A proposed change to the remuneration paid to members of Swift Current City Council could result in a pay decrease for both the mayor and councillors.
A notice of motion was tabled at the November 30 City Council meeting, the first meeting of the new council’s mandate, which would result in the elimination of per meeting fees for council members. And even when combined with a small renumeration increase, all members of city council would receive less money than the previous mayor and council.
“We’re trying to simplify how the council members get paid. In the old days you got paid per meeting,” new Mayor Al Bridal explained following their first full council meeting of their term. “Sometime in the last 10 or 15 years they changed it to a base salary plus the meeting rates.”
Bridal recalls making $200 to $300 on a per meeting basis with no base salary when he formerly sat on council, and he estimates he collected an estimated $11,000 to $12,000 per year for sitting on council in the late 1990s.
The new rates would result in the mayor remaining with a salary of $81,000 (42 per cent of step one of the CAO’s salary), but with the elimination of meeting fees and other expenses it will result in a saving of $9,000 from what was paid to the previous mayor this past year. A council member’s base salary will increase from $28,800 to $34,000, increasing from 35 per cent to 42 per cent of the mayor’s salary, but there will be no meeting fees paid on top of that rate. So even with the increase in the base salary there is going to be a total overall cost savings, if you go by last year, of about $12,000 annually, approximately $1,000 a month.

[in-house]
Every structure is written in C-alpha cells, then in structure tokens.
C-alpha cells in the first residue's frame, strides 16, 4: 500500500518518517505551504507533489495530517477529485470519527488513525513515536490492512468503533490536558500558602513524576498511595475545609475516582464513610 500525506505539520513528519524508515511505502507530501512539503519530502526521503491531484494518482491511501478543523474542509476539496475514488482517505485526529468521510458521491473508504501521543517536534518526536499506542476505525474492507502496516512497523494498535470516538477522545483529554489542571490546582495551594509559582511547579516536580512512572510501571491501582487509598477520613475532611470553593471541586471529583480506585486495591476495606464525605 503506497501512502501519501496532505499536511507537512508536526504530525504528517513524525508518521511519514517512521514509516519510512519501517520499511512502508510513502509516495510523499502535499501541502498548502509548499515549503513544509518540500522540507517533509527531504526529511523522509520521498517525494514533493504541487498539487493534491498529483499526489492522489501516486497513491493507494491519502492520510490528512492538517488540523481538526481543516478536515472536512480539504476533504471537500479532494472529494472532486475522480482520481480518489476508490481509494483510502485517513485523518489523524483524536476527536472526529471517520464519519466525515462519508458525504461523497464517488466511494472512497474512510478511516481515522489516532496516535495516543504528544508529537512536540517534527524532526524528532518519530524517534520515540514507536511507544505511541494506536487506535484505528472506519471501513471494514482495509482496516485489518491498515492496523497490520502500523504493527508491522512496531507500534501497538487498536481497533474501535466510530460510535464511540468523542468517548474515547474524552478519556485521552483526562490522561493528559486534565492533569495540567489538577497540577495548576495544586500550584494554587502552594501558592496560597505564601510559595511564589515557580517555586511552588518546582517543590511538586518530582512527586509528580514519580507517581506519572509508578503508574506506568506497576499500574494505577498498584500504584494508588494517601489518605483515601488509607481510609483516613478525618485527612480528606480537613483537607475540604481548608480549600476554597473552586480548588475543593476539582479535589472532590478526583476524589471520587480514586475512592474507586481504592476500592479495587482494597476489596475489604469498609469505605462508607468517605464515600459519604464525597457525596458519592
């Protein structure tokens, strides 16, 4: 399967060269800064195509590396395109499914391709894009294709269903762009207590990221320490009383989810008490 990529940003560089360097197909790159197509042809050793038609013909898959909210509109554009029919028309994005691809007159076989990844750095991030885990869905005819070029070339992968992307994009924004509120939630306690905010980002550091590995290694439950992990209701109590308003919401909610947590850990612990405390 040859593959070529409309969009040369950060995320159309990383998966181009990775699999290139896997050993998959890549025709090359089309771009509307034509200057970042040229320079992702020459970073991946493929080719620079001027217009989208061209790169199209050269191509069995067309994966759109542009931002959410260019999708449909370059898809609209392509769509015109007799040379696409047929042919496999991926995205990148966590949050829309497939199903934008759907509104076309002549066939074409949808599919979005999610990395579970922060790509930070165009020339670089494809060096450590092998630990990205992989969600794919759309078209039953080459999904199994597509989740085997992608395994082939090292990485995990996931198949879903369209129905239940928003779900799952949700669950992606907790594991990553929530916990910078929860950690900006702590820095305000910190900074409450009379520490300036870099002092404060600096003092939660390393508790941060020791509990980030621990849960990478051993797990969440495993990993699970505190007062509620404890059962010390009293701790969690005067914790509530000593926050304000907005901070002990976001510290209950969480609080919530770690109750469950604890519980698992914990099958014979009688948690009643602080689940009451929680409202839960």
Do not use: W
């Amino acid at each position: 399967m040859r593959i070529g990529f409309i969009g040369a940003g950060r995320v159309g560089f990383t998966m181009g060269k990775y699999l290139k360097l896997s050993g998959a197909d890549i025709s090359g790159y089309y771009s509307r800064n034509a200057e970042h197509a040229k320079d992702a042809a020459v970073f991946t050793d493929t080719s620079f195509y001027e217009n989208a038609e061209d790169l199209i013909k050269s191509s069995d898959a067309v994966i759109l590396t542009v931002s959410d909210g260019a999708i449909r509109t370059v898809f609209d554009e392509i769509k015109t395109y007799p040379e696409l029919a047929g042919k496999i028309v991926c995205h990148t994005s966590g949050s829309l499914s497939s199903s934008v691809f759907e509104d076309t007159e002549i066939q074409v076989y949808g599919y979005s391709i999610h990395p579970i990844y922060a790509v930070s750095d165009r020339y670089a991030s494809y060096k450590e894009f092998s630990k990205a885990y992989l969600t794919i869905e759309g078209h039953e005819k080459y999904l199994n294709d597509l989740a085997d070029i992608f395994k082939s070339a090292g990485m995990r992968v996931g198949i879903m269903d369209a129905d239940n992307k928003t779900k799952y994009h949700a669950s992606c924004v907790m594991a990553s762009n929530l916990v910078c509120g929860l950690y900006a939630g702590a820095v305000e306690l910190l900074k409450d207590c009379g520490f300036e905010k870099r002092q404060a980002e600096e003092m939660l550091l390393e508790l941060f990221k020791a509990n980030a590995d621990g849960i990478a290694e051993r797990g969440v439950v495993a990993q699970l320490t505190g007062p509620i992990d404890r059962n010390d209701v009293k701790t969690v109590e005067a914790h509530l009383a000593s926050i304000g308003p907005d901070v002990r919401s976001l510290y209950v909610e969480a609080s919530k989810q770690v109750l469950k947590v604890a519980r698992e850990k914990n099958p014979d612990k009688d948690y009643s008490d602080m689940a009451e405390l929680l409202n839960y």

“I just thought with discussion with (CAO) Tim Marcus I just thought we could make it simpler and make it a base fee and it would save some money. It’s not a great deal of money. But it would save about $6,000 off the salary of the mayor from last year. And then off the average salary of the councillors from last year it would be another between $6,000 and $8,000 by just doing the base salary,” Bridal explained.
The wage also reflects the savings the city experienced during 2020 when councillors did not have as busy a meeting schedule because of less meetings occurring during the pandemic.
“This last year we’ve had almost eight months of meeting savings because lots of the meetings they just haven’t been, and some of the other ones were Zoom. So there has already been some savings from last year in what they paid out in meeting fees.”
During brief comments following the notice of motion, councillor Tom Christiansen asked whether council was limited by the wage rates issued in the notice of motion which must run two weeks before being dealt with by council. He suggested council could potentially find additional wage savings by further cutting the rate. Council was hosting a planning meeting on December 9 where they would have their first opportunity to discuss the issue as a full council.
“I was going to ask that, whether we’d have the opportunity to discus it on the 9th and possibly find a little bit more reduction in there if we can come to an agreement on that,” Christiansen said
If there are no changes to the wage proposal, council could approve the rates at their upcoming December 14 council meeting. If they make any adjustments they would have to publish their notice of motion for two weeks and deal with the report during a meeting in January.
“If councillor Christensen and some of the others think we should have more of a reduction we will discuss it,” Bridal said. “We haven’t had the opportunity to sit down and discuss it as a council. We’ve only seen it through the report and any texts or emails we’ve given each other.”
And while council renumeration was established in 2007, and revised in both 2012 and 2016, the new renumeration motion also proposes the first change to meeting fees for members of the public that are appointed to sit on various boards and committees. This rate has not changed since 2007, so council is proposing an increase from $35 to $50 per meeting.
“I think it was high time that community members got an increase,” Bridal said.
He recollected being on the Appeals Board in the late 80s and early 90s, and he was getting $35 a meeting back then.
“It really doesn’t pay community members. It’s not a big paying job. It’s really just a thank you for them taking their time to sit on these boards.”